Lee Dorsey’s “Working in a Coal Mine” is about labor that is so exhausting that enjoying non-work time isn’t possible.


Tennessee Ernie Ford also sings about heavy labor in “Sixteen Tons.” Some company stores, owned by the employer, would charge workers so much that they would go into debt.


Not all songs characterize work as miserable or disappointing. Especially Disney’s “Heigh Ho” and “Whistle While You Work,” both from “Snow White and the Seven Dwarves.”


Master of Mockery Weird Al Yankovic “praised” the corporate culture in “Dog Eat Dog.”


Feel sorry for the musicians of Bachman-Turner Overdrive, who are “Takin’ Care of Business.”


Dire Straits also celebrated the creative industry with “Money for Nothing.”


ZZ Top sings about one of the rewards of working, and rocks with guitar and drums, in “Just Got Paid.”


Macklemore & Ryan Lewis remind people to “Make the Money” but don’t let the money make you. This version includes uncensored profanity.


As you celebrate Labor Day, remember that the country was built and runs on those who work, so honor them and yourself.

Al Jolson sings “Brother Can You Spare a Dime.”

Don’t get stuck in an identity rut

You may have this thing you do that you associate with your identity. You’re the one who takes the photographs. The computer guru. The great cook. The super skier. If someone has a question about cars or investments or how to solve a relationship problem, they come to you for that Thing.

Don’t let that Thing define who you are, however, or you risk becoming boxed in by it. You’re always taking pictures, not appearing in any of them. You’re always cooking but never enjoying the feeling of being served. You become seen as the source of information or assistance rather than a whole person with feelings and thoughts beyond your central defining Thing.

By reaching beyond your current skills or passions, you can discover strengths you did not know you had, ways to contribute to the world or your own life that you might never have experienced had you let your existing strong identity trait confine you. Or, maybe you’ll find something that you enjoy but that you’re not necessarily good at doing. It is OK to be the computer guru who paints abstract watercolors that are never displayed beyond a loved one’s living room or the stock market aficionado who enjoys making mostly tasty cakes that are somewhat decorative.

Stretch yourself. Grow. Learn. Discover who you might be.

Looking for some inspiration? Check out “Put on Your Crown,” by Queen Latifah.



Songs about America

In honor of Independence Day approaching, here are some songs about America, along with some history and context.

“The Star-Spangled Banner”

Francis Scott Key wrote a poem, “Defence of Fort McHenry” during the War of 1812, as British ships in Chesapeake Bay bombarded the fort. Key, a lawyer, had gone to secure the release of an American civilian prisoner and was on a British truce ship during the battle. He had the melody “To Anacreon in Heaven” in mind when he wrote his poem of being inspired by the fort’s lack of surrender. Also known as “The Anacreontic Song,” the tune and its original lyrics belonged to a gentleman’s club in London. Anacreon was a Greek poet known for his drinking songs and hymns, and the original words are included in this performance link. Using the club’s tune and the poem’s words, the song’s popularity spread and it became the nation’s official tune in 1931. Read more about “The Star-Spangled Banner” on the Smithsonian website. Here’s Jennifer Hudson singing the National Anthem:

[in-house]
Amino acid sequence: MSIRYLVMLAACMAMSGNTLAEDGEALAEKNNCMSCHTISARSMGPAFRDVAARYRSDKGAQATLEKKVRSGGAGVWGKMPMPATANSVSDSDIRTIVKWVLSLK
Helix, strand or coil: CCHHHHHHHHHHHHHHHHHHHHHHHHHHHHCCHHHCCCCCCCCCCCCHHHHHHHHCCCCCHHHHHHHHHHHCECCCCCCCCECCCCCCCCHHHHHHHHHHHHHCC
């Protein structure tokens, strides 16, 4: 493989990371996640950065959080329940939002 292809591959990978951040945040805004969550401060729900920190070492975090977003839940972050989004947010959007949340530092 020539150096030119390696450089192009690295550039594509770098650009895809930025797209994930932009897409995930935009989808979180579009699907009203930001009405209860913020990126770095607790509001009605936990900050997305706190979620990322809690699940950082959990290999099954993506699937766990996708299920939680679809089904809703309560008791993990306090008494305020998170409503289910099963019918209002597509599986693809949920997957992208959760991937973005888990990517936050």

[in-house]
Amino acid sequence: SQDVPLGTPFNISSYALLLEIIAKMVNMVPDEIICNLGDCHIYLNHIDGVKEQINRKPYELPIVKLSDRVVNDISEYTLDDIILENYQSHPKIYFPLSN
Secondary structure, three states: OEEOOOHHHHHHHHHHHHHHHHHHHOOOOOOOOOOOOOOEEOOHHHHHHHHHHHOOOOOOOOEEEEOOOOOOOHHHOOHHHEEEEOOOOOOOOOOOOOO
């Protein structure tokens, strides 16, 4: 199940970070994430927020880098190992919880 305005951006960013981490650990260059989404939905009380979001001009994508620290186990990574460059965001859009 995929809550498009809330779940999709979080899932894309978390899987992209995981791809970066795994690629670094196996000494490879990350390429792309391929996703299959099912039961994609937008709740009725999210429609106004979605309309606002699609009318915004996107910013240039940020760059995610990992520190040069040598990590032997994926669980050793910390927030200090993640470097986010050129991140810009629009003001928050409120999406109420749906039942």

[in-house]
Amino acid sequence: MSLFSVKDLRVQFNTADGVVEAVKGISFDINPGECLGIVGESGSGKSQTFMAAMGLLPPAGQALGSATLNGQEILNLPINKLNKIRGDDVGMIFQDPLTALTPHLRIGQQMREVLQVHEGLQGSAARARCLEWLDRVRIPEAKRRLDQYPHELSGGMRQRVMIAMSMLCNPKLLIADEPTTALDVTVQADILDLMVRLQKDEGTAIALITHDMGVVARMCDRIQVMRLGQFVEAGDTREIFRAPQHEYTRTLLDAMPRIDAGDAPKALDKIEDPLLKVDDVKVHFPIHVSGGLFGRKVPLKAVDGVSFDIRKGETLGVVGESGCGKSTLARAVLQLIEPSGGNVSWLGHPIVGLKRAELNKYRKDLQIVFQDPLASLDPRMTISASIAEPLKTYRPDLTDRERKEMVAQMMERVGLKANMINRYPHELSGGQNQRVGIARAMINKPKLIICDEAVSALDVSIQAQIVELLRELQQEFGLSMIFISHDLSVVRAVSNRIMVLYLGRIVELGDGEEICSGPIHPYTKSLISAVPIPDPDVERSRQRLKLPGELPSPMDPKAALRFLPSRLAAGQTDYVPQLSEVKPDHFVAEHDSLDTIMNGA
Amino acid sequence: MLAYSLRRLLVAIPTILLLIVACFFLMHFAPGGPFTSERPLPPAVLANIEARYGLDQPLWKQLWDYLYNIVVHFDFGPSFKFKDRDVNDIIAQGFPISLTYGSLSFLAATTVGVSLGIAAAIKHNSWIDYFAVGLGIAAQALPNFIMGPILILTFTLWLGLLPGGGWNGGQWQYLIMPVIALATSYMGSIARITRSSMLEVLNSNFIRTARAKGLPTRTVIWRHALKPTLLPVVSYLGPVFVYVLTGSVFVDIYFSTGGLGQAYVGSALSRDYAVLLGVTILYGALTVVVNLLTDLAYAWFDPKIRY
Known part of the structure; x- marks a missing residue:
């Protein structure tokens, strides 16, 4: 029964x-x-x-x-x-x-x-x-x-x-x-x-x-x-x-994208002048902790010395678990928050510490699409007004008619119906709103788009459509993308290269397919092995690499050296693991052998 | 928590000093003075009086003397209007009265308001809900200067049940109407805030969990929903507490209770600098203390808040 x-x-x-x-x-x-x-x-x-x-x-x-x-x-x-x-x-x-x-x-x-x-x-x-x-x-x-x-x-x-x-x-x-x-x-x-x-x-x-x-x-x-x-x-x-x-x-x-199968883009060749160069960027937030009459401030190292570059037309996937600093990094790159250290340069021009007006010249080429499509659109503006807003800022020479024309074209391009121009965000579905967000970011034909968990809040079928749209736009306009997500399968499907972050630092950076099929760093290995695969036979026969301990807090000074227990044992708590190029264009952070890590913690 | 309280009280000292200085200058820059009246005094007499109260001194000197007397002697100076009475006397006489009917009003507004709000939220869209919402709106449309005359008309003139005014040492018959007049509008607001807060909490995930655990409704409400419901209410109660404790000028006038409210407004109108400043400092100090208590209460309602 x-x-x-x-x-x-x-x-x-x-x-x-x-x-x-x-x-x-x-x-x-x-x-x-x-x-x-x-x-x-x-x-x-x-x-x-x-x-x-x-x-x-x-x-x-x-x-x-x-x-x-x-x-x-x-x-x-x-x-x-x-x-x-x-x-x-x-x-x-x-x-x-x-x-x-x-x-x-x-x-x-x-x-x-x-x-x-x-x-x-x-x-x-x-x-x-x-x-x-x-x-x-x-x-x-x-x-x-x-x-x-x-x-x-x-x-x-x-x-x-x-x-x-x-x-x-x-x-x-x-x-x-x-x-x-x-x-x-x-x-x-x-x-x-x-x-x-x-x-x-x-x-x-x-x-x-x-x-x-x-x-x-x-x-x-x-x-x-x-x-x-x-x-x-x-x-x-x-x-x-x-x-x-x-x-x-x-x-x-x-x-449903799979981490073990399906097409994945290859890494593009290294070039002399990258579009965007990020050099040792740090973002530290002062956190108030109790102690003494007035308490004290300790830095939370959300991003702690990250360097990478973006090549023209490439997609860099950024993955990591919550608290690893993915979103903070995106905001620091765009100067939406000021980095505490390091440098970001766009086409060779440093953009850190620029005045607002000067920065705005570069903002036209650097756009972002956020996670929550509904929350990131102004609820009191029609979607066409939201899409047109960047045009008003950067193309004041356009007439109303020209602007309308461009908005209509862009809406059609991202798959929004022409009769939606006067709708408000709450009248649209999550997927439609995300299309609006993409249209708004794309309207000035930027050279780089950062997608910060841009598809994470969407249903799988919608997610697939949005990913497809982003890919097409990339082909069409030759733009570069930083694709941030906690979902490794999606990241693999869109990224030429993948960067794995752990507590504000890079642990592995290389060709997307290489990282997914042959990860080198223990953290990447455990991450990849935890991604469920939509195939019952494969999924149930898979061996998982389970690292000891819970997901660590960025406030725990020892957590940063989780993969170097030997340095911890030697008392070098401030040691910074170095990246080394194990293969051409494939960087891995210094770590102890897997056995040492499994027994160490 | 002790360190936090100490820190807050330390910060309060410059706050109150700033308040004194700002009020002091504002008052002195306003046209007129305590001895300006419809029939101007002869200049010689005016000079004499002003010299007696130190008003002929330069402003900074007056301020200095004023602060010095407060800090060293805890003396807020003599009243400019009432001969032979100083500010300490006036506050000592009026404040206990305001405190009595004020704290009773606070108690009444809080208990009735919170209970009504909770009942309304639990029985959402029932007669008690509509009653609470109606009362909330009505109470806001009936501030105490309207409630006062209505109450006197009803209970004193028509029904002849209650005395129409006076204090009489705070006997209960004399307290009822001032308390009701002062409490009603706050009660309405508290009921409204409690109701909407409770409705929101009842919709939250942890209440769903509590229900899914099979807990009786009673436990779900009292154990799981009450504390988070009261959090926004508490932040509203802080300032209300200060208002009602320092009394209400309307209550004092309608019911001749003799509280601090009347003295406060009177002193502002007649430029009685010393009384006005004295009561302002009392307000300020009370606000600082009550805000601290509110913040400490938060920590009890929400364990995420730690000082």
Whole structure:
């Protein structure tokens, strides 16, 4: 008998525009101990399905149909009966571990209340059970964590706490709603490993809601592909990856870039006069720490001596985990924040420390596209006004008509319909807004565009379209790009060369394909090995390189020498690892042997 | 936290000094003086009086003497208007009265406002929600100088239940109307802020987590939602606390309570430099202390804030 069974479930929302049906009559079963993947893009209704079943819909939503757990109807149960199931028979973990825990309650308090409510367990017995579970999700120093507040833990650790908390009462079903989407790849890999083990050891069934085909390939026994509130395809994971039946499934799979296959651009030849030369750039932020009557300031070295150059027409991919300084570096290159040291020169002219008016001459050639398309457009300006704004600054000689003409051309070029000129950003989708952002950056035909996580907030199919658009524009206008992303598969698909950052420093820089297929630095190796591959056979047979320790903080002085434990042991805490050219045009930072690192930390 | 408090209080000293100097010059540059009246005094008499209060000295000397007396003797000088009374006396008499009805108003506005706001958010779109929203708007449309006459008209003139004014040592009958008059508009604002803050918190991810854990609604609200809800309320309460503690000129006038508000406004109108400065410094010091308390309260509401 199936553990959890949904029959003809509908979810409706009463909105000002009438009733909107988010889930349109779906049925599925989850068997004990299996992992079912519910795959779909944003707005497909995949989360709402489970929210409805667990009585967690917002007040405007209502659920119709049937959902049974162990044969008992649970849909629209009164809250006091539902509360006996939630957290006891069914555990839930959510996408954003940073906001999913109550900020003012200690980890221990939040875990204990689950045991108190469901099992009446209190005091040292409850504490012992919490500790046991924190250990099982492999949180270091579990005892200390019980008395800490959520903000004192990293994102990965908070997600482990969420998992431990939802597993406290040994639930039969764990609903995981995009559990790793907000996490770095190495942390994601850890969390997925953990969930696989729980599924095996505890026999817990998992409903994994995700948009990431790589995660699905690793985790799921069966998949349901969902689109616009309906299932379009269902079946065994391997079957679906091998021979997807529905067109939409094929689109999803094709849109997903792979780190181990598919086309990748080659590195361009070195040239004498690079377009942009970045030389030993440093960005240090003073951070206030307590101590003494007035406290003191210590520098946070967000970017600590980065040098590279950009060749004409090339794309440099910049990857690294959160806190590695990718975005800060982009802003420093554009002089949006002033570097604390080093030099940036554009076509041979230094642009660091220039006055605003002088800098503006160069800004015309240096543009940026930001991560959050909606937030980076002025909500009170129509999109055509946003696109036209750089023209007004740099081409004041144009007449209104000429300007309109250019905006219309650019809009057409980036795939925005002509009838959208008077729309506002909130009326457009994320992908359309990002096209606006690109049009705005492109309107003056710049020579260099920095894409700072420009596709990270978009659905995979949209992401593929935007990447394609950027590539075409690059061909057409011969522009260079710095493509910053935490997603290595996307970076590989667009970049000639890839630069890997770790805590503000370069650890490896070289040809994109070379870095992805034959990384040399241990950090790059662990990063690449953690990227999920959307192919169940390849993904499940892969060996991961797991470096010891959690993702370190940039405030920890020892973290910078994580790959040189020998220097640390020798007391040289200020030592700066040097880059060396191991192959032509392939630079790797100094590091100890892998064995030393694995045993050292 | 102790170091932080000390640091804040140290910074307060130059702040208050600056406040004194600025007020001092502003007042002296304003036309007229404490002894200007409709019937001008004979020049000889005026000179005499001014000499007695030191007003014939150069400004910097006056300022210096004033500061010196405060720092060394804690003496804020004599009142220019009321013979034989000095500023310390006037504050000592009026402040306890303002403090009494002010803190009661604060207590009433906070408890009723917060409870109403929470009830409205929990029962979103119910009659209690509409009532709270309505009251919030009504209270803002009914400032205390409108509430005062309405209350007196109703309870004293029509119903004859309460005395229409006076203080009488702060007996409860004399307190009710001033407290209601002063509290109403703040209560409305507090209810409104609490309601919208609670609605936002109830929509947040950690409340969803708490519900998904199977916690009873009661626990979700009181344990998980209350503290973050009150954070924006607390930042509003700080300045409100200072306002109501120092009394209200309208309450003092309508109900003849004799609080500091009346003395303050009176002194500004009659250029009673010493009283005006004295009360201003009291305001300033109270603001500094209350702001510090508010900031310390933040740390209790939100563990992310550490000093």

Here’s the full version, with lyrics:



“Battle of New Orleans”

Johnny Horton’s song of the last major battle of the War of 1812 is more lighthearted. In 1814, Gen. Andrew Jackson (later president) had several encounters with the British and, toward the end of the year, he and a collection of inexperienced volunteers, free blacks, riflemen from Tennessee and Kentucky, Louisiana militia and pirates were vastly outnumbered by the British in New Orleans. However, the Americans had built a long, earthen barrier. The British rushed the barrier and faced overwhelming fire from rifles and canons.



“My Country, ‘Tis of Thee”

In 1831, Samuel Francis Smith wrote the words to another American song that took over a British tune, in this case, “God Save the Queen,” the British National Anthem (with lyrics here). Smith, who later went on to be a minister and writer, penned the words as a seminary student. Here’s Crosby, Stills & Nash singing it:



“America the Beautiful”

English literature professor Katharine Lee Bates wrote the poem after a trip to Pikes Peak, in Colorado, and it was published in 1895 in a weekly journal. The poem was sung to a variety of lyrics, and revised a few times, but the modern version is to the tune “Materna” by Samuel A. Ward, composed in 1882. Here’s a beautiful version by Ray Charles.



“God Bless America” and “This Land is Your Land”

Woody Guthrie wrote “This Land is Your Land” after being irritated by the often-played “God Bless America,” written by Irving Berlin and sung by Kate Smith. Berlin , an immigrant at the age of 5, created the God Bless America Fund to handle donation of the song’s royalties. Both songs are below:



“God Bless the USA”

Written on a tour bus in 1983 by Lee Greenwood, the song was an expression of his passion to see more unity in the country.



Neil Diamond’s patriotic song about immigrants was among the songs Clear Channel Communications asked its stations to not play after the Sept. 11, 2011, terrorist attacks on the World Trade Center and the Pentagon.



“Our Country”

John Mellencamp’s song was used by Republican John McCain’s presidential campaign in 2008 until Mellencamp objected.



What are your favorite songs about America?